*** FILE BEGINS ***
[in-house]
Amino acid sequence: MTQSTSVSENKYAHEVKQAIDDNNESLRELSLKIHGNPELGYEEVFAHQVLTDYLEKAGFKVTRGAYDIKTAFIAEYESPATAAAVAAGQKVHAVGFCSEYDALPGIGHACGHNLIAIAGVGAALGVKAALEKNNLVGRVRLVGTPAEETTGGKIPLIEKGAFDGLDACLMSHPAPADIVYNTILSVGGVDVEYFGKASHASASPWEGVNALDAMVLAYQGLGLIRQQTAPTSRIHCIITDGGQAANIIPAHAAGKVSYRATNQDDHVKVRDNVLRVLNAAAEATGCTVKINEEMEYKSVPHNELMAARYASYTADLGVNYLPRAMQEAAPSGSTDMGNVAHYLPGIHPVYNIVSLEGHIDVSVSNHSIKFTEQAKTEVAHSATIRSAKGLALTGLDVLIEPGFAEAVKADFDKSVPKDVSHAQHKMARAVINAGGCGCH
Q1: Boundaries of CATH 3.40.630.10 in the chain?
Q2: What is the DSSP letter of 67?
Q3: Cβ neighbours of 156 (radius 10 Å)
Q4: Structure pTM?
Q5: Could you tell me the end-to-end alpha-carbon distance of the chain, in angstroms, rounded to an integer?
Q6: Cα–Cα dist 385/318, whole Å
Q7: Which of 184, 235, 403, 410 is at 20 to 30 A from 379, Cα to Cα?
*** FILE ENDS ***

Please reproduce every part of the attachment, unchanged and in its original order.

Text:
[in-house]
Amino acid sequence: MTQSTSVSENKYAHEVKQAIDDNNESLRELSLKIHGNPELGYEEVFAHQVLTDYLEKAGFKVTRGAYDIKTAFIAEYESPATAAAVAAGQKVHAVGFCSEYDALPGIGHACGHNLIAIAGVGAALGVKAALEKNNLVGRVRLVGTPAEETTGGKIPLIEKGAFDGLDACLMSHPAPADIVYNTILSVGGVDVEYFGKASHASASPWEGVNALDAMVLAYQGLGLIRQQTAPTSRIHCIITDGGQAANIIPAHAAGKVSYRATNQDDHVKVRDNVLRVLNAAAEATGCTVKINEEMEYKSVPHNELMAARYASYTADLGVNYLPRAMQEAAPSGSTDMGNVAHYLPGIHPVYNIVSLEGHIDVSVSNHSIKFTEQAKTEVAHSATIRSAKGLALTGLDVLIEPGFAEAVKADFDKSVPKDVSHAQHKMARAVINAGGCGCH
Q1: Boundaries of CATH 3.40.630.10 in the chain?
Q2: What is the DSSP letter of 67?
Q3: Cβ neighbours of 156 (radius 10 Å)
Q4: Structure pTM?
Q5: Could you tell me the end-to-end alpha-carbon distance of the chain, in angstroms, rounded to an integer?
Q6: Cα–Cα dist 385/318, whole Å
Q7: Which of 184, 235, 403, 410 is at 20 to 30 A from 379, Cα to Cα?